execute_no_trans open } ; [ httpd_tmp_exec httpd_builtin_scripting && ]

# sesearch -A -s httpd_sys_script_t -t httpd_tmp_t -p execute -C
Found 1 semantic av rules:
DT allow httpd_sys_script_t httpd_tmp_t : file { ioctl read getattr lock execute execute_no_trans open } ; [ httpd_tmp_exec httpd_enable_cgi && ]


Reading this, it looks like SELinux should have blocked the ability for the Apache process or a cgi script to execute the content by default. IE You would need to turn on the httpd_tmp_exec boolean as well as the httpd_enable_cgi boolean.

But examining further the booleans, I wanted to know what content could httpd_t (Apache) or httpd_sys_script_t (Apache CGI Scripts) could execute and write.

# sesearch -A -s httpd_sys_script_t -t httpd_sys_content_t -p execute -C
Found 3 semantic av rules:
   allow httpd_sys_script_t exec_type : file { ioctl read getattr lock execute execute_no_trans open } ;
   allow httpd_sys_script_t httpd_sys_content_t : file { ioctl read getattr lock execute entrypoint open } ;
ET allow httpd_sys_script_t httpd_sys_content_t : file { ioctl read getattr lock execute execute_no_trans entrypoint open } ; [ httpd_enable_cgi httpd_unified && ]


So the problem here is actually httpd_unified.  httpd_unified basically says to SELinux allow Apache processes to treat all Apache content with the same rules.  In RHEL7 we feel users are familiar enough with SELinux to disable the httpd_unified boolean by default.   If this boolean is off, then users would have to label files/directories as httpd_sys_content_rw_t if they wanted Apache to be able to write to a directory rather then the read/only label of httpd_sys_content_t.  With the boolean on, Apache processes can read/write/execute all httpd_sys_content* labels.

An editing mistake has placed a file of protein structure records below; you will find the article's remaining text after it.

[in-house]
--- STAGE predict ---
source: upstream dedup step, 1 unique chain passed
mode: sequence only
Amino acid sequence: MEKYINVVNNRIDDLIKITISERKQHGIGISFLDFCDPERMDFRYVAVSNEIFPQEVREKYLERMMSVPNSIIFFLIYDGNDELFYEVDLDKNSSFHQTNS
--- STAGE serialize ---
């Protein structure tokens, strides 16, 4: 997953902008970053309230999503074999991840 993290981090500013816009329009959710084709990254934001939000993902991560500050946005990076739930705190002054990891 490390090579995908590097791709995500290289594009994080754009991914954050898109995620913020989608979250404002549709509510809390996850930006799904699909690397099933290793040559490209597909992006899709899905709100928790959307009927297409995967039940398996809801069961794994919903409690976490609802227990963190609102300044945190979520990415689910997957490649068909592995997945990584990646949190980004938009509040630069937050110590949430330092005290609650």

If you are not uploading data to Apache then it is a good idea to turn off this boolean.

# setsebool -P httpd_unified 0

Now lets look at other booleans that are turned on by default in RHEL6. (And RHEL7 for that matter).

httpd_enable_cgi

This boolean enables your Apache server to run cgi scripts.  We leave this on by default because out of the box, any person running Apache would blow up with a permission denied when they tried to execute a cgi script.  If you were not running cgi scripts, it would be a good idea to turn this off.

# setsebool -P httpd_enable_cgi 0

httpd_builtin_scripting

This boolean your Apache server to run builtin scripting, mod_php, mod_python, mod_perl ...
We leave this on by default because out of the box, any person running Apache would blow up with a permission denied when they tried to execute a php script.


If you are just allowing users to view Apache content, then you really should turn off both of these booleans.

# setsebool -P httpd_builtin_scripting 0

httpd_tty_comm                 

This boolean allows httpd to talk to the terminal that launches it.  The risk here is a hacked apache server could trick an admin into entering his password, by putting a passwd: prompt on the screen and then reading the admins commands.  This access is necessary for people who setup apache servers which require a passwd from the admin when they start, it also allow apache to output errors to the screen, like the configuration is screwed up.  In Fedora and RHEL7 this output is handled by systemd, so this access is no longer needed, and can be disabled by default.  If your apache server does not require a password at start and you know that your config is correct you should turn this boolean off.